Befudddled by the terms that writers and publishers use? Here is a glossary to help you navigate the lingo.
There are many terms used in writing, and a novice to this world could well be confused. Here is a selection of writing terms and definitions that you are bound to run into sooner or later. I will try to leave out words specifically related to word usage, such as compound sentence, synonym and pronoun, as well as words related to poetry (so very many of those!). This glossary is already long enough without them.
Abstract. A brief summary of an article, a standard part of most academic writing.
Active voice. When the verb focuses on what the subject of the sentence is doing.
Advance. If you are lucky enough to be in demand by a publisher, you might be paid an advance to write your book – prior to actually writing it.
All rights. The publisher holds all rights to publish in any form, but does not own the copyright.
Allegory. A method of telling a story using characters or objects to deliver a message metaphorically.
Antagonist. Often the villain, the antagonist is the character that tries to stop the protagonist (the hero or main character) from succeeding.
Anthology. A collection of stories compiled together, usually with a loose theme or commonality.
Attribution. Giving credit for a quote, illustration or other element to its source.
Audience. The intended reader, usually described by demographics.
Autobiography. The writer’s life story told in the first person.
Author. The person whose byline is on the work, not necessarily the same as the writer (such as when a ghostwriter has done the writing).
Back matter. Pages at the end of the book that support the manuscript, such as bibliography, acknowledgements, etc.
Backlist. Books from a previous year that are still in print.
Backstory. The history behind characters and events, often included as flashbacks or slipped into the dialogues or recollections of the characters.
Beta readers. Readers who read a manuscript before publishing to test it out on the target audience.
Bibliography. The list of sources used in researching a book or article.
Biography. A life story.
Blurb. A short summary of a book published on its back cover.
Boilerplate. A template of text that can be used to create multiple documents.
Byline. The name of the author credited with a book or article.
Canon. The most authoritative source of information on a given topic.
Category. General topic areas, broader than a genre, used to organize books in the market.
Citation. Reference to the source of information.
Climax. The culminating point of highest tension in a story.
Clips. Published samples of a writer`s work.
Copy editing. Editing text for basic elements such as spelling, grammar and consistency.
Copy writing. Writing fairly straightforward text, usually for business or administrative purposes.
Copyright. the assignment of ownership of a work.
Denouement. The final results of a story, once all conflicts and mysteries have been resolved.
Dialogue. Words spoken by the characters in a story.
Draft. The complete unedited version of a text.
Dustjacket. Paper covering, usually in full color, covering a hardcover book.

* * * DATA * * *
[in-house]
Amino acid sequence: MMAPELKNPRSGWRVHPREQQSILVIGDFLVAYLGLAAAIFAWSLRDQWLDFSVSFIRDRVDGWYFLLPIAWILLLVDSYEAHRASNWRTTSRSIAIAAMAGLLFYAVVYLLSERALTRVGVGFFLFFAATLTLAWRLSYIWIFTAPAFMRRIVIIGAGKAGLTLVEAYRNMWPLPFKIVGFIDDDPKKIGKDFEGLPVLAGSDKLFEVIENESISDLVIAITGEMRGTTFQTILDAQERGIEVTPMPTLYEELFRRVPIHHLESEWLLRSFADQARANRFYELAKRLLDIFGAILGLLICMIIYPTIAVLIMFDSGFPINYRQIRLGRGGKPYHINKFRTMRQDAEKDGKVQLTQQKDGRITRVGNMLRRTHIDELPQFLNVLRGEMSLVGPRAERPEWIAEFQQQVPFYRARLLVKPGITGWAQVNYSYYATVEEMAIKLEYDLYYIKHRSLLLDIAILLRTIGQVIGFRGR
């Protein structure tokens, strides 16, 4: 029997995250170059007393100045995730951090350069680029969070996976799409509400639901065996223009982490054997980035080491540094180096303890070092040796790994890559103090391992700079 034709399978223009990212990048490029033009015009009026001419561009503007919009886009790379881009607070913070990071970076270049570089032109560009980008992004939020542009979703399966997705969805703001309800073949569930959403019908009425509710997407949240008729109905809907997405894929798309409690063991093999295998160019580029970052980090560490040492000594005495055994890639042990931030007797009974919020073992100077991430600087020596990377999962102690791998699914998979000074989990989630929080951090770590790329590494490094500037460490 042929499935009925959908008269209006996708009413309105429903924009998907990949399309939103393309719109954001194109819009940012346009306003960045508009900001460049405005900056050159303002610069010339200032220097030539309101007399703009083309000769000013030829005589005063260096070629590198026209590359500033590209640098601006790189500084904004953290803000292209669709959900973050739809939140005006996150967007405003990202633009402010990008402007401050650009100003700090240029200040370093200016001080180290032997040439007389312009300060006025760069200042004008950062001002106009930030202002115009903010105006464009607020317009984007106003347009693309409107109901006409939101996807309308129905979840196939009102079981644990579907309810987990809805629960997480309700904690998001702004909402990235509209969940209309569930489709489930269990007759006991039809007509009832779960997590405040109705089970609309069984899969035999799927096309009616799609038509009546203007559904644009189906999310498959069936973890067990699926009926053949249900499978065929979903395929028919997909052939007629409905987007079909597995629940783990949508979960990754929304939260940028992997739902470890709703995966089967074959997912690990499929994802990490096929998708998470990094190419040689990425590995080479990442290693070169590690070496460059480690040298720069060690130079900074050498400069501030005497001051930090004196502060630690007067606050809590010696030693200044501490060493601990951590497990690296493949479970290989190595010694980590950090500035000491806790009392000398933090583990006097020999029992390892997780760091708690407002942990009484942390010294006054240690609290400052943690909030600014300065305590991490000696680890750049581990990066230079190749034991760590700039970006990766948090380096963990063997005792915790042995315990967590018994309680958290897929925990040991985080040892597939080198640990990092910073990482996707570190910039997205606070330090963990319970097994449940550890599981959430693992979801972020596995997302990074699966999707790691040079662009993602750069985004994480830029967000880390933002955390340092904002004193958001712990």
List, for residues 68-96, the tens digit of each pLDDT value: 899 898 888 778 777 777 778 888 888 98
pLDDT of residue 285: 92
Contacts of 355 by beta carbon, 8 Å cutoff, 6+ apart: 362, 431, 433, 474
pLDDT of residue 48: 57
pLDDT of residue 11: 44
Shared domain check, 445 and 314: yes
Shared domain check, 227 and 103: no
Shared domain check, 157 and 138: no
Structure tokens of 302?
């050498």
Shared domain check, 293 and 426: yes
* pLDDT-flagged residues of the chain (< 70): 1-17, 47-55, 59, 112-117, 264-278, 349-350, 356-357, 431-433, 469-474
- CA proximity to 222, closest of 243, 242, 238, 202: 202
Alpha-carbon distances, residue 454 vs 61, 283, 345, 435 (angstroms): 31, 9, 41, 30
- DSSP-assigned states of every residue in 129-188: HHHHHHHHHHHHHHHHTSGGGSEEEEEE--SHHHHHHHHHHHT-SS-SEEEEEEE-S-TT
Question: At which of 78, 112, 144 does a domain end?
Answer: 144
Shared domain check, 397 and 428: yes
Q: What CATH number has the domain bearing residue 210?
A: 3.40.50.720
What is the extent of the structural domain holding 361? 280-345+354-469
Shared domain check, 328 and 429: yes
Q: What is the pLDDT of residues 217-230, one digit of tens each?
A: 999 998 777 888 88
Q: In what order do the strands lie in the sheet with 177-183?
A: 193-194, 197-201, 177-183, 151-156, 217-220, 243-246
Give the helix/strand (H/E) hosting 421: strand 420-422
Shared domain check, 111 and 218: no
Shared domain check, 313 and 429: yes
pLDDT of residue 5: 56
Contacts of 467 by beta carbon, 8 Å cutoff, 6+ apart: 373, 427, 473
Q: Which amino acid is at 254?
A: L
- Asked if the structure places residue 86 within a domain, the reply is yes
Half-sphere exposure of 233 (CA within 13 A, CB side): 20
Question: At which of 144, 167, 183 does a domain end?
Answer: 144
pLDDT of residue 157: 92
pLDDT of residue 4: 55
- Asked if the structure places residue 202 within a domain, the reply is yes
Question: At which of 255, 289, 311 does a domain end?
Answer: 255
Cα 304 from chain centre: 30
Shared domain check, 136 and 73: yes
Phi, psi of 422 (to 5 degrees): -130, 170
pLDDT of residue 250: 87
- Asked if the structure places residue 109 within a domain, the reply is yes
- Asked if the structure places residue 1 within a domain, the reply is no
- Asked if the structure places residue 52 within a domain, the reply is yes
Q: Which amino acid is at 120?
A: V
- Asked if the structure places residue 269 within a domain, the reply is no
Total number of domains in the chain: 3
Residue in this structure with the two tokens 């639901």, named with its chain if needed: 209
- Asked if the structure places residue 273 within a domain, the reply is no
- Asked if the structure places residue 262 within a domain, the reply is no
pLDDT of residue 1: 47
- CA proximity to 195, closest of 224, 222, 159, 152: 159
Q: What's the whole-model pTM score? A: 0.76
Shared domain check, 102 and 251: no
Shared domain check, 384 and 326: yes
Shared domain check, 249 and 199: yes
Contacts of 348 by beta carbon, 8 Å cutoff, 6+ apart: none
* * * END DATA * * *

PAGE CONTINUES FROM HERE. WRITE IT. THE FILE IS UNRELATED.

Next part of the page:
eBook. Electronic version of a published book.
Edit. To rework a draft for grammar, flow, length or any other factor required to polish it for publication.
Editor. The person who edits a manuscript or manages the writing of a publication.
Editorial. A work expressing an opinion.
Embargo. prohibition of publishing or distributing a work until a date specified, often (and foolishly) used with press releases.
Endnote. An explanation of a point, placed at the end of a book.
eReader. Device for reading and storing eBooks.
Fair use. The use of a small portion of a work (generally less than 10 percent) for educational or illustrative purposes, with attribution, and not infringing on copyright.
First rights. The right to publish first, but does not preclude others from publishing at a later date. There can be qualifying first rights, such as “first electronic rights” or “first print rights” or “first North American rights”.
Font. The typeface.
Footnote. An explanation of a point, placed at the bottom of a page.
Format. The layout aspects of a manuscript, including spacing, margins, indentations and font.
Front matter. Pages at the beginning of the book that support the manuscript, such as title page, table of contents, etc.
Galleys. A typeset draft of a book.
Genre. The type of book, such as true crime, biography, science fiction, etc.
Ghostwriter. A person who writes anonymously in someone else’s name, so that the client is credited with the work.
Hard copy. The printed version of a manuscript.
Hardcover. A book bound with a thick cardboard stock cover, usually with a paper dust jacket.
Half title. The page at the beginning of the book that contains nothing but the title.
High concept. The idea of a book, boiled down to a single sentence.
Historical fiction. Fiction set in the past, attempting to fit in with the events and activities of the time.
Hook. A line that draws the reader into the book from the very beginning.
House style. A specific publisher’s preferred style.
Imagery. Descriptions that employ the five senses.
Imprint. A credited division within a publishing company used for branding purposes, much as a “make” of an automotive manufacturer.
ISBN. Stands for International Standard Book Number, a unique identifier assigned to each published book for inventory and ordering.
Kill fee. Payment made to a writer for an article that was written, but not published.
Lead paragraph. The first paragraph of a book, article or chapter.
Literary agent. Someone who represents authors to publishers.
Logline. A single sentence that describes a screenplay.
Manuscript. Final copy of a work prior to publishing.
Mark up. To add editing notes on a manuscript.
Massmarket paperback. A small trim book intended for the general public, often a cheaper version of a hardcover book.